Ephesus Library - Celsus Library in Ephesus
Although a reconstruction of the facade that collapsed in the 10th century earthquake, library of Celsus is one of the most spectacular buildings to see when it comes to Ephesus ruins.
What's really interesting is that Ephesus library is actually a tomb! It was built in honor of Tiberius Celsus, consul governor of Asia and a wealthy and honorable citizen.
It was probably due to his honors and heroic status taht he was allowed to be buried within the city limits, which was unusual at the time. Also, to be allowed this privillege, the tomb had to be built into a monumental building.
Celsus was burried in a vaulted chamber underneath the central apse at the back of the main reading room. There was a statue of Athena goddess of wisdom standing in the apse.
This chamber could be reached through a corridor at the back of the monument.
The building was completed in 135 AD by Celsus' son Gaius Iulius Aquila.
Ephesus library could house 12,000 handwritten scrolls which were held on 3 different levels of the library. That made it the third richest library of the world after Alexandria and Pergamum.
The scrolls were well cared for, which we know by the fact that they were not kept next to the outside walls. That way they were protected from the outside influences like heat and humidity.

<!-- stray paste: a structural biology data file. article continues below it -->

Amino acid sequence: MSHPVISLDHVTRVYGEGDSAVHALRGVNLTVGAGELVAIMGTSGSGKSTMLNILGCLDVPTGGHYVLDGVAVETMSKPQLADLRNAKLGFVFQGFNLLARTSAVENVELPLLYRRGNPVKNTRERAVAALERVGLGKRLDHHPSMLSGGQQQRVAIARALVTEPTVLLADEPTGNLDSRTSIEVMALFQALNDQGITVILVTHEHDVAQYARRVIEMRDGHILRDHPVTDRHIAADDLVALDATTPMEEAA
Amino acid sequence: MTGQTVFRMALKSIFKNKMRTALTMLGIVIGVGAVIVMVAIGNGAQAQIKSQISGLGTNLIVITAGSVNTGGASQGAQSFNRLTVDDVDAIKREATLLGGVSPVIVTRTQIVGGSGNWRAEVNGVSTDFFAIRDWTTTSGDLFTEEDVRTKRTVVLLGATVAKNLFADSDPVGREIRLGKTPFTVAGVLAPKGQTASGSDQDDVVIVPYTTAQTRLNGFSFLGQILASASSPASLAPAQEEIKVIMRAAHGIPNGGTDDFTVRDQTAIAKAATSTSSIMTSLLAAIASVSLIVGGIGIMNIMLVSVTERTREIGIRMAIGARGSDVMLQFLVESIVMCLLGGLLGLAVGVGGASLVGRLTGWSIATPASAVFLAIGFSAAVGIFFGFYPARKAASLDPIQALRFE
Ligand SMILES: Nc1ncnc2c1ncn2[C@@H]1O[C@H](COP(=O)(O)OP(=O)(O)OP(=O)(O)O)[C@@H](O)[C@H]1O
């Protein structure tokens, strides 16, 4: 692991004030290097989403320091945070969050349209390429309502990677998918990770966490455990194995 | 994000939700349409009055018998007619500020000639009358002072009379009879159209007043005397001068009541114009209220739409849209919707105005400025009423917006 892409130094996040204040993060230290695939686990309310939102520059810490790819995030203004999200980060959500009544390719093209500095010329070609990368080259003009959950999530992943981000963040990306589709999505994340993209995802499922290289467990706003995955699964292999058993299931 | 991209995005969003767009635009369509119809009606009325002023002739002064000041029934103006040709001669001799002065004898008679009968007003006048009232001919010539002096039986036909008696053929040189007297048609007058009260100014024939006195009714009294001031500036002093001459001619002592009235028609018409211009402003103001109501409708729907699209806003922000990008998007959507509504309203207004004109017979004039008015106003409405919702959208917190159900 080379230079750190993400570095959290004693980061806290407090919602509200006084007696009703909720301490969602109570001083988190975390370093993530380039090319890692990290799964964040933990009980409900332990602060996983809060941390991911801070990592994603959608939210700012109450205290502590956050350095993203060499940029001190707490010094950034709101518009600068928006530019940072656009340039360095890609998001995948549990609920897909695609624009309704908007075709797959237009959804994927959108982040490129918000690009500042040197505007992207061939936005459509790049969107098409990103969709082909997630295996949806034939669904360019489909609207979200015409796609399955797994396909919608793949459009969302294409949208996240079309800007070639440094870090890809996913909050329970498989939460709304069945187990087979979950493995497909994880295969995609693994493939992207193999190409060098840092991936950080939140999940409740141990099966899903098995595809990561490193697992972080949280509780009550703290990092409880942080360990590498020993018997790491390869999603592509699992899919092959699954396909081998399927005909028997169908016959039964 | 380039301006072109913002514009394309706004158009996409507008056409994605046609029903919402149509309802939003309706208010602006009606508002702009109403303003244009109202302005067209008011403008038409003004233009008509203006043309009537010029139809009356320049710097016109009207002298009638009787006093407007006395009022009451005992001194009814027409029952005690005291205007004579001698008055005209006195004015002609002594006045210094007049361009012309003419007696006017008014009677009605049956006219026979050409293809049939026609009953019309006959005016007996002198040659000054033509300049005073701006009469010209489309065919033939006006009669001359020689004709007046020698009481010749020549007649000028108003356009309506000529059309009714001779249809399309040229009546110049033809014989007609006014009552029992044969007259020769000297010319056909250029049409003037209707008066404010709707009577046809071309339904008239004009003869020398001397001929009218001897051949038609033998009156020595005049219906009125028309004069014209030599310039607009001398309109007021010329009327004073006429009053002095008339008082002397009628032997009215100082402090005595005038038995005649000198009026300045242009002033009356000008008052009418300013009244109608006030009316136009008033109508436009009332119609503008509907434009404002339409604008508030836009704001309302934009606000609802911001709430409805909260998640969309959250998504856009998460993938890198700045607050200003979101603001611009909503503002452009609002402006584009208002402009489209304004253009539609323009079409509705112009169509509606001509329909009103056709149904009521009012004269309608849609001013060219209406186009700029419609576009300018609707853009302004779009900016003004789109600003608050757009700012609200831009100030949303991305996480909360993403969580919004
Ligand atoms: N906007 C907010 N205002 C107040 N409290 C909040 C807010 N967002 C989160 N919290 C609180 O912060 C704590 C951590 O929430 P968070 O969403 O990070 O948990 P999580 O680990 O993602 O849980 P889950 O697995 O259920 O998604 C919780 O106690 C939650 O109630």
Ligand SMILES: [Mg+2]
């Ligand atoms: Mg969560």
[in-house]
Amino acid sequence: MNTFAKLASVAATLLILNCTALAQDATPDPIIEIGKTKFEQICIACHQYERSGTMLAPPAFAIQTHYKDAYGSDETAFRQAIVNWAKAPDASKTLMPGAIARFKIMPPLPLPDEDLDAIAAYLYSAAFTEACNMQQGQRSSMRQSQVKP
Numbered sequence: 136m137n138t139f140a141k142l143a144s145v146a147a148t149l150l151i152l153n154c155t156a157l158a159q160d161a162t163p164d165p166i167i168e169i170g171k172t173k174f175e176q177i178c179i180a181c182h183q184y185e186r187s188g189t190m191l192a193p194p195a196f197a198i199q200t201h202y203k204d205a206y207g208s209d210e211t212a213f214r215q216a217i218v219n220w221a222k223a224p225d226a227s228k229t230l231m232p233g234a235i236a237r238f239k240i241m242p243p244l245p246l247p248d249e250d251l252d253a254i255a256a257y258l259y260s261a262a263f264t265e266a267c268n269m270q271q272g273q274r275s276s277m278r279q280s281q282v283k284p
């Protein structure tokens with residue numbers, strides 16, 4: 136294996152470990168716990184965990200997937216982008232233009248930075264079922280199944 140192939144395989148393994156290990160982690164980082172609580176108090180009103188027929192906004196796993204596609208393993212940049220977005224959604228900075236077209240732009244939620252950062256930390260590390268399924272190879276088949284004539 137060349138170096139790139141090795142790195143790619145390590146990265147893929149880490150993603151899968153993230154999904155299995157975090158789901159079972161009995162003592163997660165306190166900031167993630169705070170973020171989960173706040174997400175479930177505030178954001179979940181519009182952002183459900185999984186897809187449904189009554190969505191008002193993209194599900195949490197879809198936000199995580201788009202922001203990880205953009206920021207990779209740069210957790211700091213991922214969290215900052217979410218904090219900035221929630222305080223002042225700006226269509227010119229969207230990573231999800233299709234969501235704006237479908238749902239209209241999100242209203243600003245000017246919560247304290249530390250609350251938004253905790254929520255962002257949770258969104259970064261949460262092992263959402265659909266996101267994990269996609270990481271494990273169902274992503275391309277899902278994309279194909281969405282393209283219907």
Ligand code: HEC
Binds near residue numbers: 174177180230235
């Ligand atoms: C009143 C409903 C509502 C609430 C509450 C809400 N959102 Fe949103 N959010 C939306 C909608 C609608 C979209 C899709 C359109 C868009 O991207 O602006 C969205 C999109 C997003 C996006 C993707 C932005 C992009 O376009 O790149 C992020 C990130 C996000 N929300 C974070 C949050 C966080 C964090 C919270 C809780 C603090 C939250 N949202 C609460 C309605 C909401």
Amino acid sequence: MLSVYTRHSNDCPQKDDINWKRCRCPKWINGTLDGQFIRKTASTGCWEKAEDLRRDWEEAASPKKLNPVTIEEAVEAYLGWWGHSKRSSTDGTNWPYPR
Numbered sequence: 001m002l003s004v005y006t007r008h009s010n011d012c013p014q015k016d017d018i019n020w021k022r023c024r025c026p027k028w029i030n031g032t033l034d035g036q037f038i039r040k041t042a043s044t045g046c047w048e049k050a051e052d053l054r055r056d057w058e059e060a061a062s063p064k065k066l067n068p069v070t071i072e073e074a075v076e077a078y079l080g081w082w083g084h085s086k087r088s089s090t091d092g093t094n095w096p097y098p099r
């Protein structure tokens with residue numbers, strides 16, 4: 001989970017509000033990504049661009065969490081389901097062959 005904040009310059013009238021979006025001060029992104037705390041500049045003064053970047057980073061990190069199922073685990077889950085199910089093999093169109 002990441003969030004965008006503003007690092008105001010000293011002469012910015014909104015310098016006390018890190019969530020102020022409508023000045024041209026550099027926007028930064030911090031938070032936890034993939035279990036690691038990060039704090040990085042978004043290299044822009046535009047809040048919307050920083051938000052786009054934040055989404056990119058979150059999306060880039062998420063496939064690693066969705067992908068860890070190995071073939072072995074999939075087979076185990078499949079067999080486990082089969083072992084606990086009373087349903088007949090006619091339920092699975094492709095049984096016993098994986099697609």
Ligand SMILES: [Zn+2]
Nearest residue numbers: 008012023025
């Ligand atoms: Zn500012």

The facade of the Ephesus library has 3 front entrances on the ground level, windows, pairs of Ionic and Corinthian columns as well as niches which once held statues of Wisdom (Sophia), Knowledge (Episteme), Intelligence (Ennoia) and Valor (Arete). These you've seen a hundred times in history books and travel magazines, now it will be exciting to see them in the same spot they had been standing for almost 2 millenia.
Even though the statues you will see in the niches today are copies of the originals which are held in Vienna, it's still an experience.
Ephesus library was burnt down in the 3rd century AD, except for the front wall, and was reconstructed in the 4th century. Ephesus library was burnt down in the 3rd century AD, except for the front wall, and was reconstructed in the 4th century.
In the late Roman times there was an auditorium right in front of the building of the Celsus Library which was used by politicians, artists, and public speakers.
Eventually, the facade collapsed in the 10th century. It was raised from the rubble by F. Hueber of the Austrian Archeological Institute between 1970-78.
If you are still not sure how to get from yor cruise ship in Kusadasi harbour to Ephesus, and whether to take one of the Ephesus shore excursions or do it independently by one of the private daily Ephesus tours make sure you read our article Ephesus Travel.
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